I’m a mother to sons, I only have nephews, and when my sons were growing up, even the dogs were boys, so I get boys. Boys are literal, there is no use trying to be tactful and don’t bother suggesting anything, they do not hear suggestions – a suggestion leaves too much open to interpretation.
As an example, with a 9-year-old girl you may be able to say, “Sweetheart, it’s about time to get ready for bed.” She might protest a bit, but she knows you mean for her to bathe, brush her teeth, turn off the light and get into bed, and she will actually do it. Everyone is happy.
Use the same statement on a 9-year-old boy, and he only hears “about time” and in his world that could mean an hour from now or simply until you come back in and make him go to bed. In an hour, you will find him, stripped down to his shorts – his idea of compromise to your suggestion, acknowledgement that his clothes might be dirty – shooting small yellow foam balls from a Nerf gun into his brother’s room, who is now also awake, standing on his bed, trying to catch the balls. If you want him to bathe and sleep, there can be no room for interpretation. “Son, you stink, I can smell you from here, go get a bath right now, then as soon as you are done bathing, get in your bed and go to sleep and do it in that order. Do not turn on your video games, do not wander around the hall or your brother’s room, do not do anything but bathe, turn off your lights and go to bed. I will be back in 20 minutes and you better be in that bed.” As a note, you might want to take the Nerf gun with you to prevent after-bath distraction.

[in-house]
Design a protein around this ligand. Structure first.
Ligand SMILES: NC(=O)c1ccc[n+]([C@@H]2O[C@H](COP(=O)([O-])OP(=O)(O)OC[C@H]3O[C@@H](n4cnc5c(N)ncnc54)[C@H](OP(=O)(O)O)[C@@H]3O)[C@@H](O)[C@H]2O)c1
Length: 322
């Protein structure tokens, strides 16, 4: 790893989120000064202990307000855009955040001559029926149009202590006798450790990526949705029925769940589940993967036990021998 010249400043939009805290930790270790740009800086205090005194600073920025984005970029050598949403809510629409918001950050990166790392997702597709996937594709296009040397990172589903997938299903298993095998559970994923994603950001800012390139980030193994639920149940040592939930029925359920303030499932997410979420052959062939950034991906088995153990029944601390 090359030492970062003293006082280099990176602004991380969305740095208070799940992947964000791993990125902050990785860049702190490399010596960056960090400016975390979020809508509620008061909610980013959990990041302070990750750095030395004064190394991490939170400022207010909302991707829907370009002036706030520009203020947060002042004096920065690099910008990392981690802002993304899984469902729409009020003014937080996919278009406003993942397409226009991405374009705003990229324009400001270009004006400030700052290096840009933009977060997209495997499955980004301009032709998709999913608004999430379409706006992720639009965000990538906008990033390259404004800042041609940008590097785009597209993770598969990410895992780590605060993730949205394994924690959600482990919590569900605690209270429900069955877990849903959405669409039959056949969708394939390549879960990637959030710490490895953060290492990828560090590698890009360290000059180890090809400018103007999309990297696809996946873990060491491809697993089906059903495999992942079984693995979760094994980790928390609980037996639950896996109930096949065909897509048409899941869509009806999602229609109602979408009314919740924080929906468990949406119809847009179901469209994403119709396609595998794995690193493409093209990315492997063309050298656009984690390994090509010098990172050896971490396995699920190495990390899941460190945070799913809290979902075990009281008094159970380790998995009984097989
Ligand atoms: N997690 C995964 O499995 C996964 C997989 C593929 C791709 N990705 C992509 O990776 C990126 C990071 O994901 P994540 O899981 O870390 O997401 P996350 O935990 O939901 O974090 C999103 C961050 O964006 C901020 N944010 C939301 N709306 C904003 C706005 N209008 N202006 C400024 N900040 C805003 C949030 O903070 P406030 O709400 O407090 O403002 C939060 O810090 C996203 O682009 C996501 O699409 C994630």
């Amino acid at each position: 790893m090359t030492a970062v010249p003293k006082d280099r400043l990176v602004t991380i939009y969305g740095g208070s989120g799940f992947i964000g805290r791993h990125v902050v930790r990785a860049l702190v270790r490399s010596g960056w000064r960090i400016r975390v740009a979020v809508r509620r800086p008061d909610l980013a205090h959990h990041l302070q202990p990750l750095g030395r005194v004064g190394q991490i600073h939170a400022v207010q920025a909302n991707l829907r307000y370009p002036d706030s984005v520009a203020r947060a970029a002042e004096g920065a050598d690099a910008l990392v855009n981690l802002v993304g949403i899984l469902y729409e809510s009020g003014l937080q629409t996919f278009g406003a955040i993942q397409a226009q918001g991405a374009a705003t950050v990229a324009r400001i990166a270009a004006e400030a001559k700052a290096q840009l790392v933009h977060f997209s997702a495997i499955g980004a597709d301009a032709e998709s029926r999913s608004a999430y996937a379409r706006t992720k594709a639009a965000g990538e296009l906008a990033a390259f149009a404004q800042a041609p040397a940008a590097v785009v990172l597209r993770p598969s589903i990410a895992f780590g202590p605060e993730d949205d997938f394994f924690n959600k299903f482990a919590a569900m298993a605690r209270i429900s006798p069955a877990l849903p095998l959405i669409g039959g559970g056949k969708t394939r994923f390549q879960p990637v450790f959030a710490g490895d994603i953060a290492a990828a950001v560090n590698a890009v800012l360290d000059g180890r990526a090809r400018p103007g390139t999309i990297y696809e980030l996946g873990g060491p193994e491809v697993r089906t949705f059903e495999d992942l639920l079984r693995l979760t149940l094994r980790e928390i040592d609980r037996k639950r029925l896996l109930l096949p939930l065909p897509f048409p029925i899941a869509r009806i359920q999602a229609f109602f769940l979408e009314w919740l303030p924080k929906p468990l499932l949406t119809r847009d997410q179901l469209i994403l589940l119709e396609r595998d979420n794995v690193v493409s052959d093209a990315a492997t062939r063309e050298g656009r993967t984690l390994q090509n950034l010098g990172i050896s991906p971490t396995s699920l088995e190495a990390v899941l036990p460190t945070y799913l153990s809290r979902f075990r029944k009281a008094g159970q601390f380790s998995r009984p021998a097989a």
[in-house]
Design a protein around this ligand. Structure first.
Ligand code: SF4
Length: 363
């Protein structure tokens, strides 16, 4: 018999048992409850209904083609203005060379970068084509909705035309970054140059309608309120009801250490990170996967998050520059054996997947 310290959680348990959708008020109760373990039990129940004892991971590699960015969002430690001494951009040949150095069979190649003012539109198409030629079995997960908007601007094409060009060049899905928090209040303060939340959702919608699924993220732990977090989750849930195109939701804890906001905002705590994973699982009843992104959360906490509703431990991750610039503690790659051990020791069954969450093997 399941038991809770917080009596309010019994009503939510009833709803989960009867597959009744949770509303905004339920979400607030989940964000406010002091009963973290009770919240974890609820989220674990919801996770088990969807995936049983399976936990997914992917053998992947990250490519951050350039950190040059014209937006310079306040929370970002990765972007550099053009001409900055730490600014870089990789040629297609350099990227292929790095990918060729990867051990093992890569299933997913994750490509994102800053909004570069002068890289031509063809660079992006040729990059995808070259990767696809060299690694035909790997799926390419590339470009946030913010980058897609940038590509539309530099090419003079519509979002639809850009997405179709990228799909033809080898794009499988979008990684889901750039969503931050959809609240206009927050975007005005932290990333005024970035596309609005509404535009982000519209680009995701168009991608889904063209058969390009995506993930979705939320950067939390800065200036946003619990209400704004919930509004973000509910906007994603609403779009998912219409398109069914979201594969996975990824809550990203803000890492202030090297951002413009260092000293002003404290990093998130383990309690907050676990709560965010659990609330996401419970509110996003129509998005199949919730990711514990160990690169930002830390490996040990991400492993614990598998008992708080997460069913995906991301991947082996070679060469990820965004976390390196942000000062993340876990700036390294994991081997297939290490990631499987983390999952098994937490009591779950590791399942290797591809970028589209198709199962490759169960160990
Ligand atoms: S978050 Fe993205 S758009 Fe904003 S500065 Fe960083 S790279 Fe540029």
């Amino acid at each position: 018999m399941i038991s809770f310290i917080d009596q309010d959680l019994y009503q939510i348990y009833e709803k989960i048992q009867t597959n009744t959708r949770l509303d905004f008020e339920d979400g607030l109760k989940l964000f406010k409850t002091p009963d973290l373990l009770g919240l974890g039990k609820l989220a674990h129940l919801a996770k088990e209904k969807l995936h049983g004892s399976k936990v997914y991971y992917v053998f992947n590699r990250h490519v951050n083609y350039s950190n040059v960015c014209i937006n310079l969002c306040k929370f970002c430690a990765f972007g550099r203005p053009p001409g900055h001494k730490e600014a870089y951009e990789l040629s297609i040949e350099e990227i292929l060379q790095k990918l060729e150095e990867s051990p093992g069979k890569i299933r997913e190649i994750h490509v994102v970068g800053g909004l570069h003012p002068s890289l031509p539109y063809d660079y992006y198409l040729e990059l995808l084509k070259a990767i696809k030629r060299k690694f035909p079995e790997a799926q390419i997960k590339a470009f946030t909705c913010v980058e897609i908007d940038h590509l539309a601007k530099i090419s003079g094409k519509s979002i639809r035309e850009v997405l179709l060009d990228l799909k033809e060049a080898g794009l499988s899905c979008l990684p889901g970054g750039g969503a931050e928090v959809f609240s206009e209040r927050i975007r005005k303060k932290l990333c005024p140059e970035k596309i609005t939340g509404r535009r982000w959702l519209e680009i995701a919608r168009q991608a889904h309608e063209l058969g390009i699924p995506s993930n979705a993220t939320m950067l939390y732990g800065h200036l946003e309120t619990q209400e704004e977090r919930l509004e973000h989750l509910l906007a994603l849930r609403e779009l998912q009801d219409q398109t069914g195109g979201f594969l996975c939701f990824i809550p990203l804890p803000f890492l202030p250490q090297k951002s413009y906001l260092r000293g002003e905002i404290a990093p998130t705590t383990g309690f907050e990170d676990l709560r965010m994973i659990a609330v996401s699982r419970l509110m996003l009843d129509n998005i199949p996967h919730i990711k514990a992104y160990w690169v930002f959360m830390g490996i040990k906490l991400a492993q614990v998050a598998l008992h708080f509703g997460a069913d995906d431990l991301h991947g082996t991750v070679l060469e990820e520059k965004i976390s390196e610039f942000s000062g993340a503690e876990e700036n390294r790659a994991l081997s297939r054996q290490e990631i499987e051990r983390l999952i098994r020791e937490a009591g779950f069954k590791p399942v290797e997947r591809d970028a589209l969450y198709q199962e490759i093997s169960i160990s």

I’m not exaggerating, boys don’t appreciate cleanliness, it falls somewhere south of homework and taking out the trash. My older son went
to camp for 7 days once and never opened his soap or used a washrag. When questioned about the unused items, he replied, “When I showered the shampoo ran down my body and cleaned it.” I have great doubts about any actual shampoo usage considering the state of his hair when I picked him up. This boyhood disregard for clean has not skipped a generation either, I gave my grandson a bath, changed his clothes and we went outside to wait for his parents. He walks straight to a dirty puddle of water and lies down.
My younger son was an injury magnet. If it could be crashed, flipped, or vaulted into the air, then he was all over it. I remember once at 13 or 14, he came inside calling out to me that he had hurt himself. He finds me in another room where I’m retrieving band-aids and Neosporin; I turn around and ask him what happened. He has flipped his four-wheeler on the gravel road next to our house, so my first thought is that he’s cracked his skull, because I immediately assume the worst. No, his head is intact, he’s just hurt his hands he explains, I sigh in relief, until he holds out two bloody shredded palms, deeply embedded with gravel. We’re going to need a bigger band-aid….and some tweezers. This is the same son who will almost de-thumb himself with a green bean can a few years later.
Life is indeed a circle, my sons are grown and they are good and decent men, and I’m back to watching cartoons, singing Sesame Street songs, and buying Hot Wheels. My grandson loves me and always runs to hug me, and I am reminded me of other little arms around my neck, the smell of grass, dirt and little boy sweat. I can still feel small sticky hands in mine, the weight of limp sleepy bodies, and if I close my eyes, little voices calling out, “Momma, can you come here?”